“Those who cannot remember the past are condemned to repeat it.” George Santayana
A Facebook friend reminded me that it was 122 years ago today, on December 28,1890, that more than 300, unarmed native Americans were slaughtered in South Dakota by U.S. Forces. The dead included women and children, and this travesty is recanted in horrific detail through the pages of Bury My Heart at Wounded Knee.
Colonel James Forsyth was later charged with The Killing of Innocents, but was exonerated and promoted. 22 of the soldiers that day were awarded the Congressional Medal of Honor. Do you remember being taught that lesson in public school? Probably not. It’s a piece of American history we like to forget.
“I can still see the butchered women and children lying heaped and scattered all along the crooked gulch as plain as when I saw them with eyes young. I can see that something else died there in the bloody mud, and was buried in the blizzard. My people’s dream died there. It was a beautiful dream… the nation’s hoop is broken and scattered. There is no center any longer, and the sacred tree is dead.” -Black Elk (1863-1950); Oglala Holy man.
The Lakota and other tribes were labeled as terrorists in Washington, DC, long before we created the Patriot Act to keep ourselves “safe” from terrorists.
As we once again debate how to keep American citizens safe, many people dismiss the quaint notion of government tyranny. Tyranny happens in other places, not here…not now…they say.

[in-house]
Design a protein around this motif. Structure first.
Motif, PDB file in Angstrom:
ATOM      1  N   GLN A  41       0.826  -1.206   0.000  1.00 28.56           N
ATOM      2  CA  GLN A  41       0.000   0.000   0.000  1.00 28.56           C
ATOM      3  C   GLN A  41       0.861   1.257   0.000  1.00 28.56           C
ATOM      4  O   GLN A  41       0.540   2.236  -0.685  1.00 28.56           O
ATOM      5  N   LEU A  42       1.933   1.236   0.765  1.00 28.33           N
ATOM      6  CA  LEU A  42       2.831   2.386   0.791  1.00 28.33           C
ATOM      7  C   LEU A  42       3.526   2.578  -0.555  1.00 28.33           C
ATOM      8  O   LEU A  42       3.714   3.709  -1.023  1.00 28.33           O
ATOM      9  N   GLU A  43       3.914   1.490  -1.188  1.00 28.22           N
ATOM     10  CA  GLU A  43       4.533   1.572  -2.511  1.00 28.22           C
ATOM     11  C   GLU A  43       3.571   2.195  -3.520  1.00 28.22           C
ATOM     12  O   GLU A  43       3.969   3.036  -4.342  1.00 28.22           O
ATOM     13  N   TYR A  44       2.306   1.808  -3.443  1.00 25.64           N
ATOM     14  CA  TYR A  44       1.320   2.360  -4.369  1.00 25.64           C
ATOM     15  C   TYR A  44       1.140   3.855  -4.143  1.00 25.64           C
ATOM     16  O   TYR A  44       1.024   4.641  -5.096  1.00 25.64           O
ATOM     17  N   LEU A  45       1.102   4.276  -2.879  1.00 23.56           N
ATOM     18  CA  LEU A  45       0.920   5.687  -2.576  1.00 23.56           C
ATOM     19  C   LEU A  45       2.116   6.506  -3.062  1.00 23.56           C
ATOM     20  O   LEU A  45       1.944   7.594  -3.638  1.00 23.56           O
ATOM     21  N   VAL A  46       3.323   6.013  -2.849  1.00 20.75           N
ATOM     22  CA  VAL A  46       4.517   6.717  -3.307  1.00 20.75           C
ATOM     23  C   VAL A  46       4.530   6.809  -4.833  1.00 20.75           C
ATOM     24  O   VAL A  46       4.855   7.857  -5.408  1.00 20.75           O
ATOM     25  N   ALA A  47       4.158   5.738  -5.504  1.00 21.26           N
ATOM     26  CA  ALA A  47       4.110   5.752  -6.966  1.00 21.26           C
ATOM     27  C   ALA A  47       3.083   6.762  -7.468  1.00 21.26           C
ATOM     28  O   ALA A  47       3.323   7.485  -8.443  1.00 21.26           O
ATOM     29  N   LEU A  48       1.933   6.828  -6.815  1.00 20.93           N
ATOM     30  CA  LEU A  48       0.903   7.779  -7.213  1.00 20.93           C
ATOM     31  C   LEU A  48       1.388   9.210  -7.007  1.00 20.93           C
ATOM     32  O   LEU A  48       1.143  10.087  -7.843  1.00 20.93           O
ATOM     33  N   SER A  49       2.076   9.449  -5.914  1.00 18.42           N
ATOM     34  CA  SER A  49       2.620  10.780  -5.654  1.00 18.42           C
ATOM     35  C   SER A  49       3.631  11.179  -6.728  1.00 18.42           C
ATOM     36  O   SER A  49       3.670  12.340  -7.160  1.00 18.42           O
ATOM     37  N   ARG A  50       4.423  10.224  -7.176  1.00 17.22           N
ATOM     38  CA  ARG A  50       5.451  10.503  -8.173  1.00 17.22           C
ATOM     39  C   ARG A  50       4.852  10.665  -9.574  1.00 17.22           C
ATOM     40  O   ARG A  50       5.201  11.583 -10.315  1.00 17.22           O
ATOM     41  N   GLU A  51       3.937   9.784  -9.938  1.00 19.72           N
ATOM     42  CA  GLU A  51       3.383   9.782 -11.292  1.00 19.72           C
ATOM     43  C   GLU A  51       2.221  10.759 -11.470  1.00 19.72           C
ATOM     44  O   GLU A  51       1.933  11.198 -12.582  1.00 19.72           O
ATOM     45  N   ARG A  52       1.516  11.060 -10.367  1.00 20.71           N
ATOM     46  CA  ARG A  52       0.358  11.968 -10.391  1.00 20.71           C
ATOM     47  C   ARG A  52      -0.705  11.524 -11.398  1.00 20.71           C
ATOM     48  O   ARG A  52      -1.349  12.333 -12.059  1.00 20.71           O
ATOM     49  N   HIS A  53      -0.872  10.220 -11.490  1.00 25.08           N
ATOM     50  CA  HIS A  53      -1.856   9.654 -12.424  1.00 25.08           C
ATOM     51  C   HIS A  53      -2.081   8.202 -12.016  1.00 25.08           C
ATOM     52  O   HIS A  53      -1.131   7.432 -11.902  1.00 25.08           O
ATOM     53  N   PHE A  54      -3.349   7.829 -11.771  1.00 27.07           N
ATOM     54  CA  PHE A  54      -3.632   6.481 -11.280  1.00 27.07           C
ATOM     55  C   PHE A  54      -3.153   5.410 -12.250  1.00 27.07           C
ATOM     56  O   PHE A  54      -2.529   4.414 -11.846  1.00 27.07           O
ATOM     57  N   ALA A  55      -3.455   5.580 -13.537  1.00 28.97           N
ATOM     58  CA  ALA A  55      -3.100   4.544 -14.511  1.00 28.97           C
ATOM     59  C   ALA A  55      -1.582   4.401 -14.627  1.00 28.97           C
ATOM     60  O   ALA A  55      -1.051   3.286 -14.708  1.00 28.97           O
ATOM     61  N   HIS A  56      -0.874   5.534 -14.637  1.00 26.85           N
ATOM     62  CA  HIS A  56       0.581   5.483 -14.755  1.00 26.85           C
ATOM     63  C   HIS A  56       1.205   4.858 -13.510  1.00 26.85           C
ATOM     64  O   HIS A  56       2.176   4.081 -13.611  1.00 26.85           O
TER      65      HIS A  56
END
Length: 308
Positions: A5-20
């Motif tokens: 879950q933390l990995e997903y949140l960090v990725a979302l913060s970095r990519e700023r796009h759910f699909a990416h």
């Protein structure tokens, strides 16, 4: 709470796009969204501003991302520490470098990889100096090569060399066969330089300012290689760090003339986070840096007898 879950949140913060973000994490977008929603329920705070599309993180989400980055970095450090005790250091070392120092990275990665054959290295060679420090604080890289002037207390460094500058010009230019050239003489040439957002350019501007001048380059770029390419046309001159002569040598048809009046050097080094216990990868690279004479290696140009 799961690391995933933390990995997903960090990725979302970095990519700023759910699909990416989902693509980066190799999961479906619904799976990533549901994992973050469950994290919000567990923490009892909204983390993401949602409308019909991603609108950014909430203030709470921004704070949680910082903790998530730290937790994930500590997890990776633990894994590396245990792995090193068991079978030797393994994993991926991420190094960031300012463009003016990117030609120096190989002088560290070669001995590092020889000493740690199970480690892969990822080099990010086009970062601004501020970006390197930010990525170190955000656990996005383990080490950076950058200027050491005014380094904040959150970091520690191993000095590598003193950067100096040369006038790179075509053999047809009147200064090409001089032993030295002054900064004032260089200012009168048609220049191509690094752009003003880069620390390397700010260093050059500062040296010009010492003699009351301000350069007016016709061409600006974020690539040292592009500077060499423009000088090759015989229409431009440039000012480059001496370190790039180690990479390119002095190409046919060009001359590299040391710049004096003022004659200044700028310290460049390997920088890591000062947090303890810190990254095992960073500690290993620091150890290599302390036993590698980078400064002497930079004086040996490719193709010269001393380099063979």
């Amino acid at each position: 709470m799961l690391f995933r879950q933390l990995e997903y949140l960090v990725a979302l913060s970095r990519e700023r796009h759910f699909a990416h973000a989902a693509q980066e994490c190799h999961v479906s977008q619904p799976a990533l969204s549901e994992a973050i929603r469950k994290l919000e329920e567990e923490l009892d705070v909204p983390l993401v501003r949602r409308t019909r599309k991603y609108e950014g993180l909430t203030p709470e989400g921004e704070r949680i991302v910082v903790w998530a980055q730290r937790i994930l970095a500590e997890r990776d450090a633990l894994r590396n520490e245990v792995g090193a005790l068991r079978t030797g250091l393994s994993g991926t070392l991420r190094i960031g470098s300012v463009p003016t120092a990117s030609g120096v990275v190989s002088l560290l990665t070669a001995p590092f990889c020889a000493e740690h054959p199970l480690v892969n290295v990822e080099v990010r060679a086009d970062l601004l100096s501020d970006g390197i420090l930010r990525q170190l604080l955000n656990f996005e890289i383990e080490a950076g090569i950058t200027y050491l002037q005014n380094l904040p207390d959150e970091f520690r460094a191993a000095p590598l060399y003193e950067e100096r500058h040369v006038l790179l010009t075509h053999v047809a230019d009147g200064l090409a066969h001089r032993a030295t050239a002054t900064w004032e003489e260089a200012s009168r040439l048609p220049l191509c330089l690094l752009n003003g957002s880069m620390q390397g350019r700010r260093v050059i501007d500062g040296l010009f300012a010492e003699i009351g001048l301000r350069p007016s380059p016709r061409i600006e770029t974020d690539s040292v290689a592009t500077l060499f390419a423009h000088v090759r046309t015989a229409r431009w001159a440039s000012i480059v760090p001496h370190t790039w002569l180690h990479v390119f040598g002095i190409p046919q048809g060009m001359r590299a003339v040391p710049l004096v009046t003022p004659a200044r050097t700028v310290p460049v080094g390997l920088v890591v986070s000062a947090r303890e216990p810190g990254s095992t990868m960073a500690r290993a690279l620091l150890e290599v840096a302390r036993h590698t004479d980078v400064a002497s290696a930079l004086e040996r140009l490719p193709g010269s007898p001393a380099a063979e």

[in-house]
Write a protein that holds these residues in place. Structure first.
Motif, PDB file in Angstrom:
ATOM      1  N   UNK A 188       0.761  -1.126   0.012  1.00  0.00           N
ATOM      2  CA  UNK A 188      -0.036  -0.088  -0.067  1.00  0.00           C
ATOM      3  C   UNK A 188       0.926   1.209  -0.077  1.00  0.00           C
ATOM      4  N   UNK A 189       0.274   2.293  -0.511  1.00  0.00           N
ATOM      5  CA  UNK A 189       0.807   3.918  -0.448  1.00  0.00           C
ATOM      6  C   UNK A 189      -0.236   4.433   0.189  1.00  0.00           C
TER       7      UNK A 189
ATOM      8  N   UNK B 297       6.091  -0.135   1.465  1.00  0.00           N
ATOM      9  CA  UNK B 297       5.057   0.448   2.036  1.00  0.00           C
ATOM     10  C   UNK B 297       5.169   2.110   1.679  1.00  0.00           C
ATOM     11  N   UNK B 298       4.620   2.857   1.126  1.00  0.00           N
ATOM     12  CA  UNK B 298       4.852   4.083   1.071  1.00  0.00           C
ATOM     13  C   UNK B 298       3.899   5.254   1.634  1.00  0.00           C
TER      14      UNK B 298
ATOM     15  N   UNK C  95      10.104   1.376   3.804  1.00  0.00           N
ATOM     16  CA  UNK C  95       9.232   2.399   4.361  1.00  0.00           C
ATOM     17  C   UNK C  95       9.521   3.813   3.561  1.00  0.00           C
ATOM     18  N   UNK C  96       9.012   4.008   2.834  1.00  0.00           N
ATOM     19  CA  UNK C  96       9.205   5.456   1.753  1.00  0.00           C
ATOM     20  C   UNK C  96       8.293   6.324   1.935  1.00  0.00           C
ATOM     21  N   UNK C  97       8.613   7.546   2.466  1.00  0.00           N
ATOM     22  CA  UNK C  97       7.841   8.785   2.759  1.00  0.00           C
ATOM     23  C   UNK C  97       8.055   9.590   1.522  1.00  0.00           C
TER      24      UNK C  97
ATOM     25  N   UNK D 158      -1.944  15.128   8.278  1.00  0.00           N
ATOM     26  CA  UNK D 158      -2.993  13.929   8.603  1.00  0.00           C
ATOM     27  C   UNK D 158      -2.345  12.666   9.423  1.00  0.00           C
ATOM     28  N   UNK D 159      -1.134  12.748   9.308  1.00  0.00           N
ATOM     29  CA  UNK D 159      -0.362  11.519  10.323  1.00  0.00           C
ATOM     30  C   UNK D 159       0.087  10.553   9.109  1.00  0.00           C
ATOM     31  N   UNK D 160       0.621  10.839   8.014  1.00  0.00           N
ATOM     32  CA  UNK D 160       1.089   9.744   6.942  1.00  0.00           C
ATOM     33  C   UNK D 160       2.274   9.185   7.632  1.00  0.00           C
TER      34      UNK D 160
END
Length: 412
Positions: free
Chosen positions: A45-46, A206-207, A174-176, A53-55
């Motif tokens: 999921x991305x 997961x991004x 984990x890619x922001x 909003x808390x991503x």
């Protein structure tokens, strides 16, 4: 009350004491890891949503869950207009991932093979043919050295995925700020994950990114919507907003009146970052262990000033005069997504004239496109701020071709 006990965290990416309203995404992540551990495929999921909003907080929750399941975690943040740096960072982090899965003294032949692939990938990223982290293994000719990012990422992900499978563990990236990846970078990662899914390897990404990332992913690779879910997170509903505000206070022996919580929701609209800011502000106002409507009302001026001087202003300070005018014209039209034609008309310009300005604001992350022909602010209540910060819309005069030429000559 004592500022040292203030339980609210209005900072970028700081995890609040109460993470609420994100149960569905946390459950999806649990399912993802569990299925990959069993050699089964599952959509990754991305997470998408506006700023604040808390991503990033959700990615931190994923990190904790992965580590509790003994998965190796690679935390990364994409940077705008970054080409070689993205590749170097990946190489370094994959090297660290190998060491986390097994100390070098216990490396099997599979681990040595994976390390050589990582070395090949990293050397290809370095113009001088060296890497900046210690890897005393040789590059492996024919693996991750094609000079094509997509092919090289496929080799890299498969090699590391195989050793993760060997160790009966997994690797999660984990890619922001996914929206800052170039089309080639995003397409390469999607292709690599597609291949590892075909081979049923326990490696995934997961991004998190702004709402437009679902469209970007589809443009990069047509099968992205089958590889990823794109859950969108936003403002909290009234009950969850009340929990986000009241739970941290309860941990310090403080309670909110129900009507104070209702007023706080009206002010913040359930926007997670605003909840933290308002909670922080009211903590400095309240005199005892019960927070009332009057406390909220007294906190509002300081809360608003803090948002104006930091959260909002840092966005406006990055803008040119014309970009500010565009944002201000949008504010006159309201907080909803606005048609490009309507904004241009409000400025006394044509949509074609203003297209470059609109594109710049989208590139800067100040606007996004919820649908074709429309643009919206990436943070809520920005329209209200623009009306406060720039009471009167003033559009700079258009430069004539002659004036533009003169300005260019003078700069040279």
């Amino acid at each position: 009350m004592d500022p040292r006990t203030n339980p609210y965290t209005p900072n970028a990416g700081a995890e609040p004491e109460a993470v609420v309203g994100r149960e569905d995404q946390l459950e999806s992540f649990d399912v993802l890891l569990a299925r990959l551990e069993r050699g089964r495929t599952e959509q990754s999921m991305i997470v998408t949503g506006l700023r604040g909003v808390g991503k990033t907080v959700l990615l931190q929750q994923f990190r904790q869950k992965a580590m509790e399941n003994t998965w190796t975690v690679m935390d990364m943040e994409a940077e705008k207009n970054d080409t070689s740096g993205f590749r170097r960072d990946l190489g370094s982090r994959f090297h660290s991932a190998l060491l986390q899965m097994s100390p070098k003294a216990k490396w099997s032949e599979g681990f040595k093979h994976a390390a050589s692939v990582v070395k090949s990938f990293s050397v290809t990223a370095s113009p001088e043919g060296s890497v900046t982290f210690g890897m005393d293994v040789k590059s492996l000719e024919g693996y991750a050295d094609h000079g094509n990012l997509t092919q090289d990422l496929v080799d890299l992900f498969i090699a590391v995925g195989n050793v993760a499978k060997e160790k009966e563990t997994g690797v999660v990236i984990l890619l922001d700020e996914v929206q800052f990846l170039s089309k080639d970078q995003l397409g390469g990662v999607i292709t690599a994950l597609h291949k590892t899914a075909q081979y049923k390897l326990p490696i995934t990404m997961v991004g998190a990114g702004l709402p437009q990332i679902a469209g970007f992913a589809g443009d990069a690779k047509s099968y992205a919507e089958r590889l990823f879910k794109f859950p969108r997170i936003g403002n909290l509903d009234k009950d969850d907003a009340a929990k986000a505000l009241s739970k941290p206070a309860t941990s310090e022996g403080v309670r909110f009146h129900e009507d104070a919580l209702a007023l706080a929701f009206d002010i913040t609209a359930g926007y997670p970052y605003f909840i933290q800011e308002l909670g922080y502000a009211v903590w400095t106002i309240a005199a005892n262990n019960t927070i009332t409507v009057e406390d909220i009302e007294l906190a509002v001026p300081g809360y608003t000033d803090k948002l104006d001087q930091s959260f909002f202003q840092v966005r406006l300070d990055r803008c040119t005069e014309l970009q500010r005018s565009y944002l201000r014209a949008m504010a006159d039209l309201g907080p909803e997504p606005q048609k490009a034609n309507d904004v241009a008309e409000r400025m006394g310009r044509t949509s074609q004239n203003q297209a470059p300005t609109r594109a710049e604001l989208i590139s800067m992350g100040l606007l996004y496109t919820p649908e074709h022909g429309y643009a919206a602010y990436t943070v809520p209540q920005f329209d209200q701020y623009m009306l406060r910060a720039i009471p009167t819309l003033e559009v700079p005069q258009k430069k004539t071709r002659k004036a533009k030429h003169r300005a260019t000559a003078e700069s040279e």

Generally, these believers in government authority and the government’s sole discretion in keeping us safe are white folk who rarely consider the downsides of an unbalanced distribution of force and power. These believers in government sanctity forget about the rather recent atrocities in Dafur, Serbia, Libya or Nazi Germany.
I spent the summer of 1987 working on the Cheyenne River Reservation in Eagle Butte, South Dakota. Back then, I thought wanted to be a priest.
I was 23 and full of my self as most 23-year-old men are. I strived to be sensitive, to be politically correct. The wise Lakota who surrounded me would gently smile when I used the words, “Native American.”
I tried my best to be empathetic, compassionate. I desperately wanted people to know that I was enlightened and not a typical white man; someone who could listen without judgment or prejudice.
One of the men on the reservation set me straight. “If you think you can assuage the sins of your past with a couple of words, you are sorely mistaken.”
He stepped outside to have a cigarette. We never crossed paths again.
So here are two pictures. One is from 122 years ago; the other is from 1987.
Take a good look, and you tell me… have we learned anything from history?